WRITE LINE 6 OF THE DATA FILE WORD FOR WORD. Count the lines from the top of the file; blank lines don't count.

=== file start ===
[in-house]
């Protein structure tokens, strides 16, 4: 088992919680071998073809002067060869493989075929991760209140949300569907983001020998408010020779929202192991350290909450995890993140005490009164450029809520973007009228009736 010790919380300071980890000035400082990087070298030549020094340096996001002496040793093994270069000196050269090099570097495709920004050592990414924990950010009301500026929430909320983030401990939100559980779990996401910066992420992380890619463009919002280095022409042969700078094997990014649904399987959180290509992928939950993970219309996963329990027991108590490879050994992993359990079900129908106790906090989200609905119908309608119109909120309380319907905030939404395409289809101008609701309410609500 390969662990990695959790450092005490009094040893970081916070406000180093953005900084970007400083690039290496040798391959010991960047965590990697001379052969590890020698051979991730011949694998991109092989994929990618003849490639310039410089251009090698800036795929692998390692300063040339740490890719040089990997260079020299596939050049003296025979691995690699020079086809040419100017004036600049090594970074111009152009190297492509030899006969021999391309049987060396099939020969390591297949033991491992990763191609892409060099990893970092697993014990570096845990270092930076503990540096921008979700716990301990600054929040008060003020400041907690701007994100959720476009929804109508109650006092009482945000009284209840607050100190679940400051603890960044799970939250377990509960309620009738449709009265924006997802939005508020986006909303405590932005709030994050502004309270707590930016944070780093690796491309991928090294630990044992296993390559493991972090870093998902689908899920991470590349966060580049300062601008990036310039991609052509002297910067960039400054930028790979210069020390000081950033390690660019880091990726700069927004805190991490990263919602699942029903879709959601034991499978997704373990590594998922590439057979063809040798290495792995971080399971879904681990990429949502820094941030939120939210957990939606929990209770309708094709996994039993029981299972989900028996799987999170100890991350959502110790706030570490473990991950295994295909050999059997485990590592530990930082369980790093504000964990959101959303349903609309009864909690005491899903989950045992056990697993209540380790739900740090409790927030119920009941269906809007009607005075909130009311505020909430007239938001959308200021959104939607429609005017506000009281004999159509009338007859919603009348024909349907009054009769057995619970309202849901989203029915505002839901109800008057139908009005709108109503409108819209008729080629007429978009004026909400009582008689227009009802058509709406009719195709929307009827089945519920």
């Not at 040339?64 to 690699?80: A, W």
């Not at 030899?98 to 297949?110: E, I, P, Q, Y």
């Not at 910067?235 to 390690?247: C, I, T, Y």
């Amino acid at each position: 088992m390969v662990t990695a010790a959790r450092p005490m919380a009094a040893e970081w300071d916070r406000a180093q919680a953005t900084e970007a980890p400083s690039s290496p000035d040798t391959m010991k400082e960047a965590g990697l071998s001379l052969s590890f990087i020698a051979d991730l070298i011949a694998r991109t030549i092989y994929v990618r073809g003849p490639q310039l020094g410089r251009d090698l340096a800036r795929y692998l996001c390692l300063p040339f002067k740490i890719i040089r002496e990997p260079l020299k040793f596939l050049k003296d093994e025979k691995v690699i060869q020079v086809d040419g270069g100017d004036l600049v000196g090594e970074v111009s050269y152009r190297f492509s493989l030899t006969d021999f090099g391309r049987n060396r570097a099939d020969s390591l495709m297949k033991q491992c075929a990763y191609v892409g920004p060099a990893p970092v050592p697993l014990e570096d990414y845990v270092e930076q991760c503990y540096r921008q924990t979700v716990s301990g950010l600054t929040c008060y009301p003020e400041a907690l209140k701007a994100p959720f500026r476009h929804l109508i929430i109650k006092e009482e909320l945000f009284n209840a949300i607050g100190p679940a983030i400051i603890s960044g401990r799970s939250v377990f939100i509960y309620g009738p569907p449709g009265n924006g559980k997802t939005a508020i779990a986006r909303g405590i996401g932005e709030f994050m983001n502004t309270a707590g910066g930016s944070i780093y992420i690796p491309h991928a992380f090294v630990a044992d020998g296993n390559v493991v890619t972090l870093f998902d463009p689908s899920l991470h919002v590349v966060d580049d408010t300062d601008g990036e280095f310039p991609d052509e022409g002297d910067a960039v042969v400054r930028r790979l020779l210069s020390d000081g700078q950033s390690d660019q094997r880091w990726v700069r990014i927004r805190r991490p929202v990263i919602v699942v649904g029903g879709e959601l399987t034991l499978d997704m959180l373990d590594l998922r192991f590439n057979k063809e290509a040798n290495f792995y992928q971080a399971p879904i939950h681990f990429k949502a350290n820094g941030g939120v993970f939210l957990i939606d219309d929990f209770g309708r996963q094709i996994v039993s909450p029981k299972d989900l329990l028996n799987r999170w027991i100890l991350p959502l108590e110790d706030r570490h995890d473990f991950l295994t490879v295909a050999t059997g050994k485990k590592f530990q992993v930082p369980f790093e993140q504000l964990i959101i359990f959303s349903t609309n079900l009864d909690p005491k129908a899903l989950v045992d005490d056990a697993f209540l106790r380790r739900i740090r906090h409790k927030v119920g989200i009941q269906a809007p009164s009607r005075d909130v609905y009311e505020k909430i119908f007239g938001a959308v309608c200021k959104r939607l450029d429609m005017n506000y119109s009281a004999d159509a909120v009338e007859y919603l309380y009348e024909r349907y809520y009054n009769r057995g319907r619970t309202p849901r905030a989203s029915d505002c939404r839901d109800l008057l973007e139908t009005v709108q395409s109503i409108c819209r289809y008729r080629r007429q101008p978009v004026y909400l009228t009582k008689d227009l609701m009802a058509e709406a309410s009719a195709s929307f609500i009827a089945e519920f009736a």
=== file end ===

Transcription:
């Amino acid at each position: 088992m390969v662990t990695a010790a959790r450092p005490m919380a009094a040893e970081w300071d916070r406000a180093q919680a953005t900084e970007a980890p400083s690039s290496p000035d040798t391959m010991k400082e960047a965590g990697l071998s001379l052969s590890f990087i020698a051979d991730l070298i011949a694998r991109t030549i092989y994929v990618r073809g003849p490639q310039l020094g410089r251009d090698l340096a800036r795929y692998l996001c390692l300063p040339f002067k740490i890719i040089r002496e990997p260079l020299k040793f596939l050049k003296d093994e025979k691995v690699i060869q020079v086809d040419g270069g100017d004036l600049v000196g090594e970074v111009s050269y152009r190297f492509s493989l030899t006969d021999f090099g391309r049987n060396r570097a099939d020969s390591l495709m297949k033991q491992c075929a990763y191609v892409g920004p060099a990893p970092v050592p697993l014990e570096d990414y845990v270092e930076q991760c503990y540096r921008q924990t979700v716990s301990g950010l600054t929040c008060y009301p003020e400041a907690l209140k701007a994100p959720f500026r476009h929804l109508i929430i109650k006092e009482e909320l945000f009284n209840a949300i607050g100190p679940a983030i400051i603890s960044g401990r799970s939250v377990f939100i509960y309620g009738p569907p449709g009265n924006g559980k997802t939005a508020i779990a986006r909303g405590i996401g932005e709030f994050m983001n502004t309270a707590g910066g930016s944070i780093y992420i690796p491309h991928a992380f090294v630990a044992d020998g296993n390559v493991v890619t972090l870093f998902d463009p689908s899920l991470h919002v590349v966060d580049d408010t300062d601008g990036e280095f310039p991609d052509e022409g002297d910067a960039v042969v400054r930028r790979l020779l210069s020390d000081g700078q950033s390690d660019q094997r880091w990726v700069r990014i927004r805190r991490p929202v990263i919602v699942v649904g029903g879709e959601l399987t034991l499978d997704m959180l373990d590594l998922r192991f590439n057979k063809e290509a040798n290495f792995y992928q971080a399971p879904i939950h681990f990429k949502a350290n820094g941030g939120v993970f939210l957990i939606d219309d929990f209770g309708r996963q094709i996994v039993s909450p029981k299972d989900l329990l028996n799987r999170w027991i100890l991350p959502l108590e110790d706030r570490h995890d473990f991950l295994t490879v295909a050999t059997g050994k485990k590592f530990q992993v930082p369980f790093e993140q504000l964990i959101i359990f959303s349903t609309n079900l009864d909690p005491k129908a899903l989950v045992d005490d056990a697993f209540l106790r380790r739900i740090r906090h409790k927030v119920g989200i009941q269906a809007p009164s009607r005075d909130v609905y009311e505020k909430i119908f007239g938001a959308v309608c200021k959104r939607l450029d429609m005017n506000y119109s009281a004999d159509a909120v009338e007859y919603l309380y009348e024909r349907y809520y009054n009769r057995g319907r619970t309202p849901r905030a989203s029915d505002c939404r839901d109800l008057l973007e139908t009005v709108q395409s109503i409108c819209r289809y008729r080629r007429q101008p978009v004026y909400l009228t009582k008689d227009l609701m009802a058509e709406a309410s009719a195709s929307f609500i009827a089945e519920f009736a």